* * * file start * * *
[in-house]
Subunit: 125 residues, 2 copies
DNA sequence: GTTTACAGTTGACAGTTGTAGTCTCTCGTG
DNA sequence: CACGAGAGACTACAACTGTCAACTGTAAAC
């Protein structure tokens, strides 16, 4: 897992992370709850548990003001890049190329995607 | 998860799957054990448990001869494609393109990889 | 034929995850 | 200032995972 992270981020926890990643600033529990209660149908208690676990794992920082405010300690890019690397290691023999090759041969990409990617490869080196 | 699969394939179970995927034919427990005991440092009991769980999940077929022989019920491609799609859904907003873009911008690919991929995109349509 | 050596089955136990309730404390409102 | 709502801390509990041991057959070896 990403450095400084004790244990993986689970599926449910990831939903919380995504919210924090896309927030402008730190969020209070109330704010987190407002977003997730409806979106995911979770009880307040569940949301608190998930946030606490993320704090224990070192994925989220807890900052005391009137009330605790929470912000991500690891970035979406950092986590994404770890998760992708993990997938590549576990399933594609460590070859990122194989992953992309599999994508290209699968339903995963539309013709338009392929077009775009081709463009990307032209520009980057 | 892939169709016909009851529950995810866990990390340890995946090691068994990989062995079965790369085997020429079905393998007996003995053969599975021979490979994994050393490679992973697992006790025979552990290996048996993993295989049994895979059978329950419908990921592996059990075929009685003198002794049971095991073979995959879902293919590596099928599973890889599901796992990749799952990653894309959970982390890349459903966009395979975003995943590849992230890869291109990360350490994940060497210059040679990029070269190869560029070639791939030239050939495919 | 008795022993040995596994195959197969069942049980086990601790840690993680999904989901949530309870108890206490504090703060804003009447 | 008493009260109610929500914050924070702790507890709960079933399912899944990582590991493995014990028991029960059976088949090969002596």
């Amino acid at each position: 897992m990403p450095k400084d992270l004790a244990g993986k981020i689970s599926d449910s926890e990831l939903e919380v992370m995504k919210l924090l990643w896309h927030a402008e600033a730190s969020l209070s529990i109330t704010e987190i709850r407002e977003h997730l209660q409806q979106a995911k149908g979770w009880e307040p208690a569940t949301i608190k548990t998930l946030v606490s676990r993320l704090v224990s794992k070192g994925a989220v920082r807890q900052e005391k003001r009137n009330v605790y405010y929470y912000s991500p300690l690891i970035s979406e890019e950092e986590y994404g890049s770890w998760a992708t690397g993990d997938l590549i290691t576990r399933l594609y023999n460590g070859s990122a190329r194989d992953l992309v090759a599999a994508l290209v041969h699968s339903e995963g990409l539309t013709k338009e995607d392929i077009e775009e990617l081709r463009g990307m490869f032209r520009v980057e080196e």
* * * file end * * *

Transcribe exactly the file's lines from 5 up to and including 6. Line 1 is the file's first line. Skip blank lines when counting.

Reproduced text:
């Protein structure tokens, strides 16, 4: 897992992370709850548990003001890049190329995607 | 998860799957054990448990001869494609393109990889 | 034929995850 | 200032995972 992270981020926890990643600033529990209660149908208690676990794992920082405010300690890019690397290691023999090759041969990409990617490869080196 | 699969394939179970995927034919427990005991440092009991769980999940077929022989019920491609799609859904907003873009911008690919991929995109349509 | 050596089955136990309730404390409102 | 709502801390509990041991057959070896 990403450095400084004790244990993986689970599926449910990831939903919380995504919210924090896309927030402008730190969020209070109330704010987190407002977003997730409806979106995911979770009880307040569940949301608190998930946030606490993320704090224990070192994925989220807890900052005391009137009330605790929470912000991500690891970035979406950092986590994404770890998760992708993990997938590549576990399933594609460590070859990122194989992953992309599999994508290209699968339903995963539309013709338009392929077009775009081709463009990307032209520009980057 | 892939169709016909009851529950995810866990990390340890995946090691068994990989062995079965790369085997020429079905393998007996003995053969599975021979490979994994050393490679992973697992006790025979552990290996048996993993295989049994895979059978329950419908990921592996059990075929009685003198002794049971095991073979995959879902293919590596099928599973890889599901796992990749799952990653894309959970982390890349459903966009395979975003995943590849992230890869291109990360350490994940060497210059040679990029070269190869560029070639791939030239050939495919 | 008795022993040995596994195959197969069942049980086990601790840690993680999904989901949530309870108890206490504090703060804003009447 | 008493009260109610929500914050924070702790507890709960079933399912899944990582590991493995014990028991029960059976088949090969002596």
């Amino acid at each position: 897992m990403p450095k400084d992270l004790a244990g993986k981020i689970s599926d449910s926890e990831l939903e919380v992370m995504k919210l924090l990643w896309h927030a402008e600033a730190s969020l209070s529990i109330t704010e987190i709850r407002e977003h997730l209660q409806q979106a995911k149908g979770w009880e307040p208690a569940t949301i608190k548990t998930l946030v606490s676990r993320l704090v224990s794992k070192g994925a989220v920082r807890q900052e005391k003001r009137n009330v605790y405010y929470y912000s991500p300690l690891i970035s979406e890019e950092e986590y994404g890049s770890w998760a992708t690397g993990d997938l590549i290691t576990r399933l594609y023999n460590g070859s990122a190329r194989d992953l992309v090759a599999a994508l290209v041969h699968s339903e995963g990409l539309t013709k338009e995607d392929i077009e775009e990617l081709r463009g990307m490869f032209r520009v980057e080196e």